A group of Yemeni nationals has filed a lawsuit in the United States against major American arms manufacturers Raytheon, Lockheed Martin, and General Dynamics, lambasting them for “aiding and abetting war crimes and extrajudicial killings” by supplying arms to the Saudi-led coalition's war in Yemen.
The lawsuit, filed in the district court of Washington DC, also names the leaders of Saudi Arabia and the United Arab Emirates, Mohammed bin Salman and Mohammed bin Zayed, respectively, as well as US Secretary of State Antony Blinken and Pentagon chief Lloyd Austin.
“Year after year, the bombs fell - on wedding tents, funeral halls, fishing boats and a school bus - killing thousands of civilians and helping turn Yemen into the world’s worst humanitarian crisis,” the lawsuit read.
“Weapons supplied by US companies through sales unlawfully approved by US officials, allowed Saudi Arabia and the UAE through the named Defendant officials to pursue an indiscriminate and brutal bombing campaign,” it continued.
The plaintiffs are seven Yemeni individuals who say they represent the victims of two separate Saudi-led bombings in the country - one for a wedding in 2015 and another for a funeral in 2016.
In October 2015, the al-Sanabani family was readying to celebrate a relative's wedding when a warplane bombed the area, killing 43 people, including 13 women and 16 children.
One year later, in October 2016, a crowded funeral was bombed and more than 100 people were killed. International human rights organizations reported at the time that the bomb used was the US-manufactured GBU-12 Paveway II laser-guided bomb.
“I found him under a burning car, he was dead, his legs were cut off, and his right hand was cut off too, he was completely burnt,” Khaled Ali Salem Chaib, one of the plaintiffs, said in a statement detailing the death of his son from the wedding bombing in 2015.
“Some nights when I sleep, I feel tight in my body, and I have disturbing nightmares and I can't bear to see the scene of the crime since,” he said.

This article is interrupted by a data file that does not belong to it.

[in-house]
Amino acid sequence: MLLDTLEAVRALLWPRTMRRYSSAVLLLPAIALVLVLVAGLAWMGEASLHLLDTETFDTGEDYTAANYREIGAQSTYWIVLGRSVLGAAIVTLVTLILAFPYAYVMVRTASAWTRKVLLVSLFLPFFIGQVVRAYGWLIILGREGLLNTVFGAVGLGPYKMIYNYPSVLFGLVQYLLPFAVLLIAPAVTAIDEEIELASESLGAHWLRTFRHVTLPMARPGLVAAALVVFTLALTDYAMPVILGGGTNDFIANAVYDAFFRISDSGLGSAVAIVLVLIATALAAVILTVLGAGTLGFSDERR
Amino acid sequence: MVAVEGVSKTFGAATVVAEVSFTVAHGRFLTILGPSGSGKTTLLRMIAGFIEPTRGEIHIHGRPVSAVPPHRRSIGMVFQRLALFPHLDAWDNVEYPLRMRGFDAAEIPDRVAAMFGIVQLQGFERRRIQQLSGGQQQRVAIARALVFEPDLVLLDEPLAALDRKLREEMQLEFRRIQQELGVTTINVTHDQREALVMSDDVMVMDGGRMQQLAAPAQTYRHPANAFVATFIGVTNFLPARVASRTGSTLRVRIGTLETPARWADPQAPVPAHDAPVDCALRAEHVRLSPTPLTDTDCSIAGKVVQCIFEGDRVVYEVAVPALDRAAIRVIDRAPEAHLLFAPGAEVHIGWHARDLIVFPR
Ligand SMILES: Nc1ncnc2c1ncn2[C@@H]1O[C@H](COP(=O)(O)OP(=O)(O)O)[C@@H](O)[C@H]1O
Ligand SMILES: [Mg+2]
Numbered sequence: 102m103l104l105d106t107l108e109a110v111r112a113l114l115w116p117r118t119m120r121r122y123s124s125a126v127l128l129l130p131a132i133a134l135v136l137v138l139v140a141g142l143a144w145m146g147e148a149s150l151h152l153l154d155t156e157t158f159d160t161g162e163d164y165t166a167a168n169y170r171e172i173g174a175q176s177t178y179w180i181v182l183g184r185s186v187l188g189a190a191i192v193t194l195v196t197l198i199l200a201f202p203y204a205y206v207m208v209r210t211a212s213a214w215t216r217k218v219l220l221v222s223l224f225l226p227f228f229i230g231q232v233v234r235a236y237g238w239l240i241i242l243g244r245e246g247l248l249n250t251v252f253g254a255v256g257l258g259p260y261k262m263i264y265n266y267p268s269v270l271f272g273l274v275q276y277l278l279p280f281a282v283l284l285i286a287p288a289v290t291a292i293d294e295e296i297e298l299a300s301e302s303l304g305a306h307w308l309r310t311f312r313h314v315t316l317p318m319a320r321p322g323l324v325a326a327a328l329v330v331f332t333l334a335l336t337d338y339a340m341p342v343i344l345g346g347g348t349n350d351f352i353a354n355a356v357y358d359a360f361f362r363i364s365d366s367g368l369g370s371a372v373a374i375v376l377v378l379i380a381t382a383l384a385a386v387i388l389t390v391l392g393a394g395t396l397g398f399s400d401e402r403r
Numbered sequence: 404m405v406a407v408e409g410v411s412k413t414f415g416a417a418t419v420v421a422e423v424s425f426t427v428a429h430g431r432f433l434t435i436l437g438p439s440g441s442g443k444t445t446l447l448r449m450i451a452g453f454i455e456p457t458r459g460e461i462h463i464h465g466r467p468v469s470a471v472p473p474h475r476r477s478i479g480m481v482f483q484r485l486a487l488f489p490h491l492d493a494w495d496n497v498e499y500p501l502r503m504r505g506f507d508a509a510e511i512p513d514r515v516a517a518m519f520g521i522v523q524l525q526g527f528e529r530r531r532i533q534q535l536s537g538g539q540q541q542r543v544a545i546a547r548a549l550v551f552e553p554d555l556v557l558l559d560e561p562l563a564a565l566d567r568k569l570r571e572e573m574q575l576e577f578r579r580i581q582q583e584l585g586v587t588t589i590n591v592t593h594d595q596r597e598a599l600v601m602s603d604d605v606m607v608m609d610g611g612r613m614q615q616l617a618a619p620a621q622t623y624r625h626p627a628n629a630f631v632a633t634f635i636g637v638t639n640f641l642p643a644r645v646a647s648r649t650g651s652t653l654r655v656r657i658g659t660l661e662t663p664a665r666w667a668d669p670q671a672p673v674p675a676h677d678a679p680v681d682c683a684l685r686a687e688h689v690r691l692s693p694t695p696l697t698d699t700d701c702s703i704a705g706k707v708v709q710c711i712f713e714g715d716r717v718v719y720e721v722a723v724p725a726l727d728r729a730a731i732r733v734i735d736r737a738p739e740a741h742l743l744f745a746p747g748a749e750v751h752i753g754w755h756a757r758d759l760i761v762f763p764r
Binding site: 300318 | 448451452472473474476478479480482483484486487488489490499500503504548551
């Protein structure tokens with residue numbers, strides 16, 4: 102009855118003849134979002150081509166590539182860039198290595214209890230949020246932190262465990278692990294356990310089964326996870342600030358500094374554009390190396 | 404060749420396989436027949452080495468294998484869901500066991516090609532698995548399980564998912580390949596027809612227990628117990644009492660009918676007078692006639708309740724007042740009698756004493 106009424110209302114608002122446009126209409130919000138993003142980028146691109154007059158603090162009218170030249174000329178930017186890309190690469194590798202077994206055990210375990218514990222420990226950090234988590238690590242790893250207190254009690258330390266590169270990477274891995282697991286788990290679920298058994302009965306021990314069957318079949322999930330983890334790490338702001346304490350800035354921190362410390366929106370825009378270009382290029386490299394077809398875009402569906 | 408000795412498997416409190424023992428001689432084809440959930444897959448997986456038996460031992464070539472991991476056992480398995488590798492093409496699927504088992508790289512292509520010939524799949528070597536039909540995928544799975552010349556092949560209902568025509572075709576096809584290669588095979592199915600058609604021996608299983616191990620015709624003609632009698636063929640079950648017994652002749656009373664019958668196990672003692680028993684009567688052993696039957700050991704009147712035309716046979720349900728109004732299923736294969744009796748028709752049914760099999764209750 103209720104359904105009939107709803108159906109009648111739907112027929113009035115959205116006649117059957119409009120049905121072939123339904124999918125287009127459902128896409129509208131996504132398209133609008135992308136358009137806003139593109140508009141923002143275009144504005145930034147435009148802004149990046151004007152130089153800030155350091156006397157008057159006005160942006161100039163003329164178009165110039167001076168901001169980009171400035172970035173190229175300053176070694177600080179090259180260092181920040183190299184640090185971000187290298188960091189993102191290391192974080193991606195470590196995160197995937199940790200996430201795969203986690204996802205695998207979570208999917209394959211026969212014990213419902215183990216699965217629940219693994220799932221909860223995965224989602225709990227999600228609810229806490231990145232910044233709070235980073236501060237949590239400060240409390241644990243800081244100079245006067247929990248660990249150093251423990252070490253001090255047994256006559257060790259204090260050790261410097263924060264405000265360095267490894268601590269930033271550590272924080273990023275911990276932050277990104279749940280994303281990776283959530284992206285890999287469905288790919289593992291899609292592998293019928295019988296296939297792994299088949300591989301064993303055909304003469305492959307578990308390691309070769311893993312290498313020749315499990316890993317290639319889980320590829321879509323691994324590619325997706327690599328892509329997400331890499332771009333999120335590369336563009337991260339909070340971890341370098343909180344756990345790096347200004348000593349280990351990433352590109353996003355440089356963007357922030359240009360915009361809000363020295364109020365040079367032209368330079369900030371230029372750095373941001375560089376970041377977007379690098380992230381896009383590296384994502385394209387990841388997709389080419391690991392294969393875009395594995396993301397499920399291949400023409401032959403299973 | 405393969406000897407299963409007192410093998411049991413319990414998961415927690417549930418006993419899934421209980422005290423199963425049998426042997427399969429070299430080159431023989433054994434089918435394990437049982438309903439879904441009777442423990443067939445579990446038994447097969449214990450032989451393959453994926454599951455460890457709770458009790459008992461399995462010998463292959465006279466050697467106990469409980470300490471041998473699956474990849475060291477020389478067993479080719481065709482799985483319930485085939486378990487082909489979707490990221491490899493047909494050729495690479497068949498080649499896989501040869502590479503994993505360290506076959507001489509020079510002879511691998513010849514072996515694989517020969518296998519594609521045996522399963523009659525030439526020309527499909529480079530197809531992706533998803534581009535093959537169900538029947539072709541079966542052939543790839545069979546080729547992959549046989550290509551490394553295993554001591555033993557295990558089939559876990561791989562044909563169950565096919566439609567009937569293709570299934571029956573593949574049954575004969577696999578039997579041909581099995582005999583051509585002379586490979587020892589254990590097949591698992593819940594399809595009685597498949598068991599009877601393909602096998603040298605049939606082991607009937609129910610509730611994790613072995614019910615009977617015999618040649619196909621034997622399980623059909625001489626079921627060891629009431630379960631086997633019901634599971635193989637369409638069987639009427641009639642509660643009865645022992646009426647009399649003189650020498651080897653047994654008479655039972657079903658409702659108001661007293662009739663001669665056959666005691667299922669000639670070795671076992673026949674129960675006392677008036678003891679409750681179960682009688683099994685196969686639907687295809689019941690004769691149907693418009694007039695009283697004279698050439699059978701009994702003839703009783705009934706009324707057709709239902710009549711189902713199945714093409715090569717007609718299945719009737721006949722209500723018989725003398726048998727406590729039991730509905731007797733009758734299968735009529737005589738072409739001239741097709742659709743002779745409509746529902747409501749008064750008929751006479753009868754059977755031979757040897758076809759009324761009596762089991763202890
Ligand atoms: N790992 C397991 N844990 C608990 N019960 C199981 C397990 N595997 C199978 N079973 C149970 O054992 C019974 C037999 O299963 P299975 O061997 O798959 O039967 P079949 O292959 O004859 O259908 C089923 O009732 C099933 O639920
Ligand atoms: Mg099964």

The Yemeni plaintiffs are filing the lawsuit under the Torture Victim Protection Act (TVPA) – a 1991 US law that allows victims of torture to sue for compensation from their tormenters if the accused are in the US.
The lawsuit names the Saudi and Emirati crown princes under the Alien Tort Statute, a law that grants federal courts jurisdiction over violations of international law.
The lawsuit, filed on behalf of the plaintiffs by Terrence Collingsworth of International Rights Advocates, comes more than a month after the Campaign Against Arms Trade (CAAT) in January said it would be taking legal action against the British government over its arms sales to Saudi Arabia during the ongoing war in Yemen.
Meanwhile, the Yemen Executive Mine Action Center (YEMAC) said in a statement that 12 civilians were killed and 34 others injured throughout last month as a result of explosive remnants of the Saudi-led aggression.
Many areas in Yemeni provinces have been bombarded by the Saudi-led military coalition with cluster bombs, while many of those internationally-banned munitions are still scattered among farms and roads, and their victims are in dozens, YEMAC noted.
The center further noted that the number of Yemenis who have fallen victim to cluster bombs since the beginning of the Saudi war on Yemen now stands at over 25,000 civilians.
It stressed that landmines and other remnants of the war pose a serious threat to the residents of many districts and areas in Yemen.
Saudi Arabia, in collaboration with its Arab allies and with arms and logistics support from the US and other Western states, launched a devastating war on Yemen in March 2015.
The objective was to crush the popular Ansarullah resistance movement, which has been running state affairs in the absence of a functional government in Yemen, and reinstall the Riyadh-friendly regime of Abd Rabbuh Mansour Hadi.
The Saudi-led coalition has failed to achieve any of its objectives. Hundreds of thousands of Yemenis have been killed. Yemen is witnessing the world’s worst humanitarian crisis now.
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